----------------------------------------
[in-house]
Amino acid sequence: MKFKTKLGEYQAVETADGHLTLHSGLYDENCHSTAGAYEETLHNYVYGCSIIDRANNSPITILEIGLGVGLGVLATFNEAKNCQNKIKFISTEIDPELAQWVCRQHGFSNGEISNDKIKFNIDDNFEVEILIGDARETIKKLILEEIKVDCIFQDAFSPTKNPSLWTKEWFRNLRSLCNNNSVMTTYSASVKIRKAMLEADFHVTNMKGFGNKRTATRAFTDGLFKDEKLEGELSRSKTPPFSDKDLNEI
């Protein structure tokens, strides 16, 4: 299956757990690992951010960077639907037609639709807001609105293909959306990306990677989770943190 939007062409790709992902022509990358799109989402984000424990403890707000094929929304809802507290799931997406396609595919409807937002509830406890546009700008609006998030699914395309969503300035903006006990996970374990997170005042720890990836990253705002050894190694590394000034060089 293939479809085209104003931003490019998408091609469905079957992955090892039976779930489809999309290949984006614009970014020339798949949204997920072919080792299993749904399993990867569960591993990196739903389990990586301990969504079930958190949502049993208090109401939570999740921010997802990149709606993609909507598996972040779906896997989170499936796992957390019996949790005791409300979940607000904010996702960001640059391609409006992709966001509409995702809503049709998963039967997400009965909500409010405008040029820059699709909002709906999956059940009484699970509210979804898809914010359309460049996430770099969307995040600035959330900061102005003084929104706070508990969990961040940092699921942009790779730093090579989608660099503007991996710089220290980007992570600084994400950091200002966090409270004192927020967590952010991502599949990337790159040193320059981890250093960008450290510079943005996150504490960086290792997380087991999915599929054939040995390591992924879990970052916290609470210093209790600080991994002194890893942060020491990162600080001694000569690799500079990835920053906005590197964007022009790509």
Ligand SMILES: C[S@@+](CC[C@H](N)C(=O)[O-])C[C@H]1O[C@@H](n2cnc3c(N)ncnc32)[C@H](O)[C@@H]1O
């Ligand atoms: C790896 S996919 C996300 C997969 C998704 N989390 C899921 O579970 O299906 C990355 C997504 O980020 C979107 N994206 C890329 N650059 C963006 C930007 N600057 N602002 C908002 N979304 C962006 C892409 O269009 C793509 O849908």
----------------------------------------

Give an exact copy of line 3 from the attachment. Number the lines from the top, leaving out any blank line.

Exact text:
């Protein structure tokens, strides 16, 4: 299956757990690992951010960077639907037609639709807001609105293909959306990306990677989770943190 939007062409790709992902022509990358799109989402984000424990403890707000094929929304809802507290799931997406396609595919409807937002509830406890546009700008609006998030699914395309969503300035903006006990996970374990997170005042720890990836990253705002050894190694590394000034060089 293939479809085209104003931003490019998408091609469905079957992955090892039976779930489809999309290949984006614009970014020339798949949204997920072919080792299993749904399993990867569960591993990196739903389990990586301990969504079930958190949502049993208090109401939570999740921010997802990149709606993609909507598996972040779906896997989170499936796992957390019996949790005791409300979940607000904010996702960001640059391609409006992709966001509409995702809503049709998963039967997400009965909500409010405008040029820059699709909002709906999956059940009484699970509210979804898809914010359309460049996430770099969307995040600035959330900061102005003084929104706070508990969990961040940092699921942009790779730093090579989608660099503007991996710089220290980007992570600084994400950091200002966090409270004192927020967590952010991502599949990337790159040193320059981890250093960008450290510079943005996150504490960086290792997380087991999915599929054939040995390591992924879990970052916290609470210093209790600080991994002194890893942060020491990162600080001694000569690799500079990835920053906005590197964007022009790509």